Workplace skills courses on Coursera to count as part of degrees

Microcredentials designed by Google and IBM will add practical training in key roles to traditional academic offerings, says chief executive of edtech firm

October 27, 2023
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Students in Europe will be able to study industry-led microcredentials that can count for credit as part of their degrees after the edtech firm Coursera gained official validation for some of its courses.

The European Credit Transfer and Accumulation System (ECTS) has recognised courses supplied to Coursera by IBM and Google covering topics such as data analytics, UX design and cybersecurity.

Each are recommended to be worth between five and nine ECTS credits and can be taken as part of degree programmes at one of thousands of European universities that use this system under the Bologna Process, if an institution decides to accredit them. A total of 60 ECTS credits is equivalent to a full academic year.

Jeff Maggioncalda, the chief executive of Coursera, said the move would allow universities to introduce some workplace training alongside their traditional degree offerings.

“There has been a big narrative around higher education being detached from industry, not keeping up with the pace of change,” he said.

“We’re saying you can bring industry practitioners right into your classroom without having to hire any extra faculty. They are essentially guest lecturers who can supplement the awesome curricula universities already have.”

Mr Maggioncalda said the company intended eventually to take more of the 30 professional certificates it currently offered through the same process and was seeking to make similar moves in other parts of the world, including the US.

The courses designed by Google are taught by the company’s own analysts using video tutorials, readings, assessments and hands-on projects, and are being regularly updated as technology evolves. They are intended to train students with little prior knowledge for entry-level roles post-graduation, based on input from hiring managers about the skills businesses need.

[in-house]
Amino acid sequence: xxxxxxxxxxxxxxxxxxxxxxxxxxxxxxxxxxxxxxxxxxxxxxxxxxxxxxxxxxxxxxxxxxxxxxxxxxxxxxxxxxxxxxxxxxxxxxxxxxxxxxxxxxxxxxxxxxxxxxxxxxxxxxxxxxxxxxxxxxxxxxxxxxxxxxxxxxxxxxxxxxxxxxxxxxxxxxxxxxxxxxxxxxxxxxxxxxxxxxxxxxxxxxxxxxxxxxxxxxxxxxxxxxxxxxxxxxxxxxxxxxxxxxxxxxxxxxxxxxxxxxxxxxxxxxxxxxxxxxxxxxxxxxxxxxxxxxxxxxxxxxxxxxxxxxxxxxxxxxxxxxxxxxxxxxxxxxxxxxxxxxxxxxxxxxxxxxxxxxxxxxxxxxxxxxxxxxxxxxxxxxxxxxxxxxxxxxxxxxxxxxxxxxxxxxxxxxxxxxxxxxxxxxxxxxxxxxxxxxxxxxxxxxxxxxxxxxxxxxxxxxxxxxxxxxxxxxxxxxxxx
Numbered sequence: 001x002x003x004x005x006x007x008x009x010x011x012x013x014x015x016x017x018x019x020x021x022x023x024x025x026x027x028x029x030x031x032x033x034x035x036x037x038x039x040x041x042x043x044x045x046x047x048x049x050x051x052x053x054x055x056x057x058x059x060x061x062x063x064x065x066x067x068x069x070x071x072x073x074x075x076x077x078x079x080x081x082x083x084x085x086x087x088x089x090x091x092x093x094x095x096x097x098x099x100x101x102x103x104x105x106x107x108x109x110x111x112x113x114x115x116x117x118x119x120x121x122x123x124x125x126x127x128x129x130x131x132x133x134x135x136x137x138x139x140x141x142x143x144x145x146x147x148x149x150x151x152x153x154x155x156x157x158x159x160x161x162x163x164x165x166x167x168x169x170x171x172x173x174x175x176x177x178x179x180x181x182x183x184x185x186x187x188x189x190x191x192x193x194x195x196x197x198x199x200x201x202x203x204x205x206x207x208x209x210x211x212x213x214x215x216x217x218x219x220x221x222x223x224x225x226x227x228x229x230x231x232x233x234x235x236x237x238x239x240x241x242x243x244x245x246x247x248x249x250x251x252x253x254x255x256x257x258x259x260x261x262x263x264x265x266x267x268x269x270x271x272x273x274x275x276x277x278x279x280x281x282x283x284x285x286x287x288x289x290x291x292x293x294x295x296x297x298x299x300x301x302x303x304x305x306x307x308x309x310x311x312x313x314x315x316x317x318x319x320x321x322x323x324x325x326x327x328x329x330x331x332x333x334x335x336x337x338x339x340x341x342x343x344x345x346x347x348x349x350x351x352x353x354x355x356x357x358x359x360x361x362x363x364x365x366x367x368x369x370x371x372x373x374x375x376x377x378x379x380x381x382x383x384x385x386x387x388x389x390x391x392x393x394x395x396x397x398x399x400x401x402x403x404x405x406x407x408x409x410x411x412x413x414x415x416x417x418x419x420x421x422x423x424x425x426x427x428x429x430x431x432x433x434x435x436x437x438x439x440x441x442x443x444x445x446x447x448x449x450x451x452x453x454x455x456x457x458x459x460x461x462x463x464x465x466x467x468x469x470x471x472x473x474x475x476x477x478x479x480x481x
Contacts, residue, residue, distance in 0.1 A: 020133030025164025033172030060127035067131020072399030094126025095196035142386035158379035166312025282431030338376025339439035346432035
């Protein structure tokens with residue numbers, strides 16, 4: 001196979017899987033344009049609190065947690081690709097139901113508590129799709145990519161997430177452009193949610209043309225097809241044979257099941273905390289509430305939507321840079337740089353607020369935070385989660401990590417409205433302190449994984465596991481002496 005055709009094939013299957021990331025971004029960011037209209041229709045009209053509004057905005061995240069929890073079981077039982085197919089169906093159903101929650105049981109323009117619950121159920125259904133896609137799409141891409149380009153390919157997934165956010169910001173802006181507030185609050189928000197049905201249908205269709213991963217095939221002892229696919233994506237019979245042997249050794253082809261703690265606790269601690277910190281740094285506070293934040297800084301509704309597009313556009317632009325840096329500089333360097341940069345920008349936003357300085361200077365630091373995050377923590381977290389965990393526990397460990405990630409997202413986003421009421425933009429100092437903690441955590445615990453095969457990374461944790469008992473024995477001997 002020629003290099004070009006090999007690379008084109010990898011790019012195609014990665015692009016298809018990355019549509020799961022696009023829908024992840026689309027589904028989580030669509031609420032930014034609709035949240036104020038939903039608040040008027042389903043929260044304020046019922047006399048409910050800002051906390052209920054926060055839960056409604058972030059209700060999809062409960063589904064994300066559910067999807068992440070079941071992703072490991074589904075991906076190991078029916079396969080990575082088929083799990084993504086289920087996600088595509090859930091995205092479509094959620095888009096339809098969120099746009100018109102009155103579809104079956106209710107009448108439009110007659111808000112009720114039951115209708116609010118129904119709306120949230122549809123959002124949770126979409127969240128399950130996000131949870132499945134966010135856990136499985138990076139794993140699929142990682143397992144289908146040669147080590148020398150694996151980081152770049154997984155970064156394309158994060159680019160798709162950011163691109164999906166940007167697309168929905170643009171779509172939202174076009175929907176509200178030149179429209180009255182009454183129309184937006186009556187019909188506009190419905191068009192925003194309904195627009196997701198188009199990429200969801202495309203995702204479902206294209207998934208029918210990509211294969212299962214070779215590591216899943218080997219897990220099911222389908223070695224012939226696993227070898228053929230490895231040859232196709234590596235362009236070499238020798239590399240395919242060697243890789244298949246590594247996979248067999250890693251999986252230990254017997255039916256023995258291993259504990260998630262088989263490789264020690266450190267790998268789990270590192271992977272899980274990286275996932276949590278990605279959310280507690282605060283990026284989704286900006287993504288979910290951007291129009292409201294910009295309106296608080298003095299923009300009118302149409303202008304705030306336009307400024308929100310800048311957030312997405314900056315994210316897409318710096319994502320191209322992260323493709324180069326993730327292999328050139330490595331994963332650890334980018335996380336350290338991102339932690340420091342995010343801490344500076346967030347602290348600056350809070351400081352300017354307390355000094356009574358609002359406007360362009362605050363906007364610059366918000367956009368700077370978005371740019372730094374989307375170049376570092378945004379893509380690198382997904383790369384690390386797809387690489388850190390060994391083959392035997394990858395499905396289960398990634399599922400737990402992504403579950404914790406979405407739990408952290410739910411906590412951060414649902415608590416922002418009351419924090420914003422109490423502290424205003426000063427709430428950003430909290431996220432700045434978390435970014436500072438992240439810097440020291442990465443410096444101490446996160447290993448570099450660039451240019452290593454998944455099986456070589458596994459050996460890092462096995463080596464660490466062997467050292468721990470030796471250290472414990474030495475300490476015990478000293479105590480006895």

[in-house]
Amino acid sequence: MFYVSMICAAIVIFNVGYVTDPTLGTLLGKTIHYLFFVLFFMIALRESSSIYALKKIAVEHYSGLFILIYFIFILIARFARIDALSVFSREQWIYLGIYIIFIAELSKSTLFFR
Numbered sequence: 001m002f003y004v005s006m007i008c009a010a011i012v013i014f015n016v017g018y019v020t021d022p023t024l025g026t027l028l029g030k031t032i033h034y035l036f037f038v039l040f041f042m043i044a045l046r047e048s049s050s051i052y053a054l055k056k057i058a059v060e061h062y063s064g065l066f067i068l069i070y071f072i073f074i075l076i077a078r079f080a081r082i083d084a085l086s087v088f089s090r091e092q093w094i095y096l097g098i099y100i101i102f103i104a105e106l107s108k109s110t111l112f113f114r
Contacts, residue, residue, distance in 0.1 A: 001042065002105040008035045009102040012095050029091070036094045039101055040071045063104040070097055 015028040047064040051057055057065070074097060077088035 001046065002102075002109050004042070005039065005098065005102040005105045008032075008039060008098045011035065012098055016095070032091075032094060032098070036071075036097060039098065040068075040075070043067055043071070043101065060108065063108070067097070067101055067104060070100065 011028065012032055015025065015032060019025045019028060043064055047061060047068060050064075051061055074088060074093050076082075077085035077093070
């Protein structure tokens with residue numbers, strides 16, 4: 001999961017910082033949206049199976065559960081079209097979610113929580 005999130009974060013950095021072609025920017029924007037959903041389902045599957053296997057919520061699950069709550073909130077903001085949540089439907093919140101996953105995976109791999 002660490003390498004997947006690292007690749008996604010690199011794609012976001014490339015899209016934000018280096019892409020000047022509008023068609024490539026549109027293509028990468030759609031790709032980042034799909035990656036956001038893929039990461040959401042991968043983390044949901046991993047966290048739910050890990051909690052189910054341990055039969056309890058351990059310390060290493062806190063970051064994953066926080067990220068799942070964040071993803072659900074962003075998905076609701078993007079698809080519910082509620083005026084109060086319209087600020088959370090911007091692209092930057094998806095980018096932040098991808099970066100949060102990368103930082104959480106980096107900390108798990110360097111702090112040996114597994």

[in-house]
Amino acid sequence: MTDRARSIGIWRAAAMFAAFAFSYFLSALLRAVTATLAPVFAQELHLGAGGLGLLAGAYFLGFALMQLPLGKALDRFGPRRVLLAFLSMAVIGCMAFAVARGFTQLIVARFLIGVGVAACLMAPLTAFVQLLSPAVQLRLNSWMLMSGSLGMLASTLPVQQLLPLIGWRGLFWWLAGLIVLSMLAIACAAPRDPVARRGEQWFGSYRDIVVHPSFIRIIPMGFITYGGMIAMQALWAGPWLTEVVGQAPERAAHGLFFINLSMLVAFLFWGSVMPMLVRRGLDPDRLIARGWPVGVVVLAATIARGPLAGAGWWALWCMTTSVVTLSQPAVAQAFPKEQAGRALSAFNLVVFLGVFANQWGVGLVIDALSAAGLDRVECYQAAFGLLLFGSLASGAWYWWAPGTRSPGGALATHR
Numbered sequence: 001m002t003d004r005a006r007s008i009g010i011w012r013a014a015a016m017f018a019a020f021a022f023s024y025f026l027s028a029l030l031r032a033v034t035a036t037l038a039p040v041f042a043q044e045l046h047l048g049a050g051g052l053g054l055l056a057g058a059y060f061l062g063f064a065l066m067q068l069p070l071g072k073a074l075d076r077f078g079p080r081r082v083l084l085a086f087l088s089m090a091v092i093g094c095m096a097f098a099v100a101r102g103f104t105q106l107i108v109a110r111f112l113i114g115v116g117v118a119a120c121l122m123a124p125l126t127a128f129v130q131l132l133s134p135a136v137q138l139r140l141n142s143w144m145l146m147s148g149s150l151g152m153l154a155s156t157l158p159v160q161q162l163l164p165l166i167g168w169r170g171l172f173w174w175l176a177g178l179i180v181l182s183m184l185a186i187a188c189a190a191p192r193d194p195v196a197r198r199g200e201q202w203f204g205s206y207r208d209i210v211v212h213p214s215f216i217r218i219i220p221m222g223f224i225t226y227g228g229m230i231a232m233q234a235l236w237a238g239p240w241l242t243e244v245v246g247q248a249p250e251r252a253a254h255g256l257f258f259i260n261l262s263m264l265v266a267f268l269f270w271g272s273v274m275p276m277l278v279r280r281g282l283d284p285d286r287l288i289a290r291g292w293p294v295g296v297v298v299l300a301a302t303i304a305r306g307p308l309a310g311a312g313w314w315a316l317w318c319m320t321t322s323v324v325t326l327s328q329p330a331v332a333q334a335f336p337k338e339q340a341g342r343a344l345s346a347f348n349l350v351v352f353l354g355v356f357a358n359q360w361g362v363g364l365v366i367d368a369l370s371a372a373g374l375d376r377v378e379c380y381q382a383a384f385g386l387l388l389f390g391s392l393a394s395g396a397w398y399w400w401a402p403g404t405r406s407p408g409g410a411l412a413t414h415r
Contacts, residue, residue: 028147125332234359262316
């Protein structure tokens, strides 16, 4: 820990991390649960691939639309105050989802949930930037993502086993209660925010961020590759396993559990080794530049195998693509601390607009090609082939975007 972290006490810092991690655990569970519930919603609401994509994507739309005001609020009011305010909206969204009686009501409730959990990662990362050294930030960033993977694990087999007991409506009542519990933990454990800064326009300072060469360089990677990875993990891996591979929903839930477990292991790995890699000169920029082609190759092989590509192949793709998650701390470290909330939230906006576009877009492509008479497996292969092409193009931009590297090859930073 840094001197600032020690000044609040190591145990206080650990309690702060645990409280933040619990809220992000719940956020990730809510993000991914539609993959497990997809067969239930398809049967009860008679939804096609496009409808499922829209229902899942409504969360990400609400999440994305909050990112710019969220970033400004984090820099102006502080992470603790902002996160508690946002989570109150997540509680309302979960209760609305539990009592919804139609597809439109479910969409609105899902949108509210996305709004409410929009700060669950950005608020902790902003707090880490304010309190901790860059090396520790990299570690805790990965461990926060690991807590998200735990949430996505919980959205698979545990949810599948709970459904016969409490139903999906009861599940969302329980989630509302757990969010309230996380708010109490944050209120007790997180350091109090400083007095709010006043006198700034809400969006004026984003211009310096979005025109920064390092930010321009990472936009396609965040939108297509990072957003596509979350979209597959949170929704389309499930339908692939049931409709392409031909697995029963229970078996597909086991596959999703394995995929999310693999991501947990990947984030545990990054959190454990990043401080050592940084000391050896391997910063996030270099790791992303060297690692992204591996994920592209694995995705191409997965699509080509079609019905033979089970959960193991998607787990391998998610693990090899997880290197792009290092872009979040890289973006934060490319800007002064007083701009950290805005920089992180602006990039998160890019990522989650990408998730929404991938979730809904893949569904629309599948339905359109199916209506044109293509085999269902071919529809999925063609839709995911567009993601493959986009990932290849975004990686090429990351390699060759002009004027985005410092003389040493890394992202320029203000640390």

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Although the courses might hypothetically be taken instead of other electives offered by a university, Mr Maggioncalda said, they would not displace the core curriculum and would probably appeal most to any student wishing to add a practical element to any degree programme.

Most universities were choosing to appoint professors to be on hand to help a cohort progress through their studies but, for the most part, students work through the course content in their own time online, eventually completing up to 200 hours of study.

Mr Maggioncalda said the fact that these courses would now count for credit would help to address low completion rates, an issue that has plagued online education since the emergence of the first massive open online courses (Moocs) in 2012.

He added that professional development was a natural evolution for companies such as Coursera, originally founded by Stanford University professors based upon the ideal of making elite-level university courses available to the masses.

“If you look at our business, one of the strongest drivers of growth is this professional certificate. This is what people want,” Mr Maggioncalda said.

“They are thinking ‘Hey, I don‘t like my current job’. There are jobs out there – software engineer, UX designer, project manager – that pay pretty well, are flexible, offer good career development and lots of people are deciding they want these high-paying jobs that have a future.

“On the consumer side, overwhelmingly, these certificates are the most popular thing we offer. What’s happening now is that schools are realising this is what people want, so let’s build them into a degree programme to make it more attractive to students and more relevant to employers.”

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Reader's comments (1)

It is the job of employers to provide the relevant skills not universities who do it at the expense of the public and the student. Universities provide education not training. Trying to keep up with the latest trends is a recipe for disaster for them.